This far into the pandemic, we’re all familiar with the symptoms most often associated with COVID-19 – fever, aches, shortness of breath, loss of smell and taste. But there are other symptoms, too. Including one that’s cosmetic – yet deeply concerning to lots of people: Hair loss.
The New York Times and other news organizations said that doctors have seen a significant increase in patients losing their hair, in part because extraordinary stress of life during a pandemic.
Dr. Alyssa Daniel, of Novant Health Dermatology - SouthPark answered our questions about one of the more recent revelations about a virus that continues to surprise researchers.
COVID is causing so many ills – both catastrophic and relatively minor. I hear one of them is stress-related hair loss.
Telogen effluvium is a form of temporary hair loss that occurs when the body is under some kind of stressor. It can happen during pregnancy or post-partum. It can also happen during or after a viral illness. We have seen it in people who’ve been sick with the flu, for instance. The condition can be triggered by certain medications.
Is this alopecia? Or a different condition?
Alopecia just means “hair loss.” It’s a generic term and not a diagnosis. Telogen effluvium is a kind of alopecia.
So, telogen effluvium can be a symptom of COVID-19, but it can also be a symptom of garden-variety stress?
Telogen effluvium can come from an illness or from chronic stress. Stress can be toxic. And pandemic living is stressful. Just living in these times can be enough to trigger it.
If hair loss is related to an illness, it probably won’t happen right away – not during the illness. When a patient comes to me for hair loss, I ask, “What was going on in your life three months ago?” That’s usually when they say they had the flu or some other illness.
Who’s affected by it?
Anyone can be – men, women and children. It impacts people of all racial and ethnic backgrounds. I see more women in my practice. It’s actually about 90% women and 10% men. It’s not that men don’t have the condition. They just don’t tend to see a doctor about it. Women tend to have longer hair than men, and they notice when it’s clogging the shower drain or all over the bathroom floor.
How does the hair fall out? Where do people notice it?
Telogen effluvium is triggered when some stressor causes a large number of hairs in the growing – or anagen – phase of the hair cycle to go into the resting, or telogen, phase.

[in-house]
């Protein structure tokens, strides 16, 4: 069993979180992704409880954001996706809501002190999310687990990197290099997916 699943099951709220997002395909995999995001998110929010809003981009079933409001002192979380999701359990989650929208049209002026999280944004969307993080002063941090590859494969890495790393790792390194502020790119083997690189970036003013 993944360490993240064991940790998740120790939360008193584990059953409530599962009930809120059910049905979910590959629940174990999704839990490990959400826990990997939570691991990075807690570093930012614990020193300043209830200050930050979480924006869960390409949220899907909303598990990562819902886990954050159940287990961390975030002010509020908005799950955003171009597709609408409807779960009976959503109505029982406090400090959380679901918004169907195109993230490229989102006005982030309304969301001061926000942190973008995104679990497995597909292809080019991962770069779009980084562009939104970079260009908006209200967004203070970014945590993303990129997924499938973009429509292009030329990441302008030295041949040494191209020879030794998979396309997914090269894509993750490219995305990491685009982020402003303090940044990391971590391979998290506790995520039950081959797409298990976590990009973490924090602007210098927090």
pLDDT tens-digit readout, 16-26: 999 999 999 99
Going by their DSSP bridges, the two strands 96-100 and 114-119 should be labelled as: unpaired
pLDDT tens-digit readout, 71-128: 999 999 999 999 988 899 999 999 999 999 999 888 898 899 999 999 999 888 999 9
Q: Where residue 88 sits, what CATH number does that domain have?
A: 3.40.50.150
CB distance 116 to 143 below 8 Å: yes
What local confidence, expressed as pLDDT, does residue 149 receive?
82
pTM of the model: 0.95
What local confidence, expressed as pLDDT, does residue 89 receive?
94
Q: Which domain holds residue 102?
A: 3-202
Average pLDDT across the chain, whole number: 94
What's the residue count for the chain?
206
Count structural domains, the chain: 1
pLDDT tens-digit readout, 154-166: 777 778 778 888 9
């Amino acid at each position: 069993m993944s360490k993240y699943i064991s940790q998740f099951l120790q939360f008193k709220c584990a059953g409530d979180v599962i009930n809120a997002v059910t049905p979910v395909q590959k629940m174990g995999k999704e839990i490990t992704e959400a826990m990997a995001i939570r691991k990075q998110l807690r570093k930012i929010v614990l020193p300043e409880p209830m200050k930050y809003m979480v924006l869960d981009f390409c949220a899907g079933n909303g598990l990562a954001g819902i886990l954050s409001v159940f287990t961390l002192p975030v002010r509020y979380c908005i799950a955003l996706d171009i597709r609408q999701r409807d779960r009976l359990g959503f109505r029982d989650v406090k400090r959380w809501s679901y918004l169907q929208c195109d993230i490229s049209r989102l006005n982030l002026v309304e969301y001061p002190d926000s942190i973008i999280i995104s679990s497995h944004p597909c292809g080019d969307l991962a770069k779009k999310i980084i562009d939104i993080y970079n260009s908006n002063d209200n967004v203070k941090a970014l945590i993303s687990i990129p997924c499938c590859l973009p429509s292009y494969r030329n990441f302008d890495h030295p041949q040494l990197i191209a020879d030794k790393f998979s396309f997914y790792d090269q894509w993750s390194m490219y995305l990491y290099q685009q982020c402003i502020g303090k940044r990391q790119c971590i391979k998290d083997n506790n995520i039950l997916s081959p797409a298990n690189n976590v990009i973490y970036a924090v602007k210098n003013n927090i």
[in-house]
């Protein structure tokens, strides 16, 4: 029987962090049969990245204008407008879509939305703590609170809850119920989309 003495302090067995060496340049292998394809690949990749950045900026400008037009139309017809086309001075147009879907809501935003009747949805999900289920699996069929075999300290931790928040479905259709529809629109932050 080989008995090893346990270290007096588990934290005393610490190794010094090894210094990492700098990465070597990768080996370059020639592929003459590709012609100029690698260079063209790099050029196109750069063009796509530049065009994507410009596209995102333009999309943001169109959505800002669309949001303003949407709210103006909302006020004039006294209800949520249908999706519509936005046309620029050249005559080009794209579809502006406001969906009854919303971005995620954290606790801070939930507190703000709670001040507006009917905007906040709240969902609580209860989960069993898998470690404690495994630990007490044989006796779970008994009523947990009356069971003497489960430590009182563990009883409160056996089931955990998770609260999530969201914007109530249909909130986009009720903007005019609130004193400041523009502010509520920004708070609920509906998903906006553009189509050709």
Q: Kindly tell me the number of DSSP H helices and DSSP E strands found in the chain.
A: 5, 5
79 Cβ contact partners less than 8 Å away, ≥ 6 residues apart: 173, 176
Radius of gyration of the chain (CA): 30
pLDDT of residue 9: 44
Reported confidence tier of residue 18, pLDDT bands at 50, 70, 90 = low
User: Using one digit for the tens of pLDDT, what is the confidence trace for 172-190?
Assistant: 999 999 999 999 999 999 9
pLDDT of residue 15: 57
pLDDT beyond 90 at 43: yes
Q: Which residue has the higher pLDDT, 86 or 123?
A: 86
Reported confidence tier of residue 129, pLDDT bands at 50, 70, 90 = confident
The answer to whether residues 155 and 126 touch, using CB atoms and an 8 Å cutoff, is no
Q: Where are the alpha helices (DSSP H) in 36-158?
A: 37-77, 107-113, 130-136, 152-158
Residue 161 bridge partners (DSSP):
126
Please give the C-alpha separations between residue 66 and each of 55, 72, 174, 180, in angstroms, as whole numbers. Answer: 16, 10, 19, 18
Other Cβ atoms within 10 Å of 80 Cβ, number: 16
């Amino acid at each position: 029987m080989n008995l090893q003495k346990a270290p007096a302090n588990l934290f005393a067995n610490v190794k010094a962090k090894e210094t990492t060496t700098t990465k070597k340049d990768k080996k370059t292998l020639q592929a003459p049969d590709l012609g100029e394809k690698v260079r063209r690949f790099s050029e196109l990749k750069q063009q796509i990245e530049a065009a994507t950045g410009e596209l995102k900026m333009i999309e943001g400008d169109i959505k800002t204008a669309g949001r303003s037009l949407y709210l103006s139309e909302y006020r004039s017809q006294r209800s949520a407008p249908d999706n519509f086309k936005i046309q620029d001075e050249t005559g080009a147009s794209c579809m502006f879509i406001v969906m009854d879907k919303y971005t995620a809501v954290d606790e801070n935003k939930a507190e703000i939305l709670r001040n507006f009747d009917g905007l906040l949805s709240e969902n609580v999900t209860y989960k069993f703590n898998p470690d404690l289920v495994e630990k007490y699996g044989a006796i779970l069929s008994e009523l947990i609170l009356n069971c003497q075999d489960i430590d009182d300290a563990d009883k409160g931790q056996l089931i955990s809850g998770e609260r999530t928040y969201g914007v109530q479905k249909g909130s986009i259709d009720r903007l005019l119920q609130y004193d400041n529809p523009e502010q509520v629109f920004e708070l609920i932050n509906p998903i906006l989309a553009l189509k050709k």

Noticing it sort of depends on what your hair density is like to begin with. Just thinking of generic numbers, one person might have 500 hairs in the same place on the scalp another has 200 hairs. If both of them lose 100 hairs, the person who started with 200 is really going to notice it. So, noticing it depends on what percentage of hair someone lost. This is normal and gradual and something you wouldn’t notice.
Are we talking about just the hair on our heads? Or can it affect body hair, like eyebrows?
Just the scalp, really. It doesn’t affect other areas so much. It usually occurs at the frontal hairline and around the temples.
How do you treat it?
We always want to treat the underlying cause. If a patient comes in for hair loss and tells me she’s stressed, I want to find out the source of her stress. I’ll ask about her diet and how much protein she’s getting. A complete nutrition history may be important to getting at the cause. I often recommend Nutrafol, a vitamin that improves hair growth. I recommend gentle haircare products, washing every other day if you can stand it, using less heat and styling tools. Rogaine foam solution can help; you apply it once a day. There’s a myth that once you start using Rogaine, you have to use it forever. It’s not true in the case of telogen effluvium. You can stop using it once the hair has grown back. And it does grow back.
Is there a way to prevent it?
I always talk to my patients about wellness. A good diet, sleep, stress management, getting exercise – all of these are good for you overall. That includes the health of your hair and skin.
Are there other skin conditions you're seeing related to COVID-19?
There are some documented cases, through the American Academy of Dermatology, of viral-related rashes and “COVID toes” – when the toes swell and turn pink or purple.
What should someone do if they’re experiencing hair loss?
Try to work through what the organic causes could be with your primary care physician. It’s harder to get in with a dermatologist. I operate a hair loss clinic every Tuesday for a half a day, and I’m booked several months in advance. Your primary care doctor can check your thyroid and iron, which I find to be good initial tests, and also do a medical and diet history. He or she may recommend an iron supplement if your iron is low, correct underlying thyroid abnormalities or refer you to a nutritionist if diet is an issue. If those initial steps don’t yield the results you are looking for, then it’s time to see a dermatologist.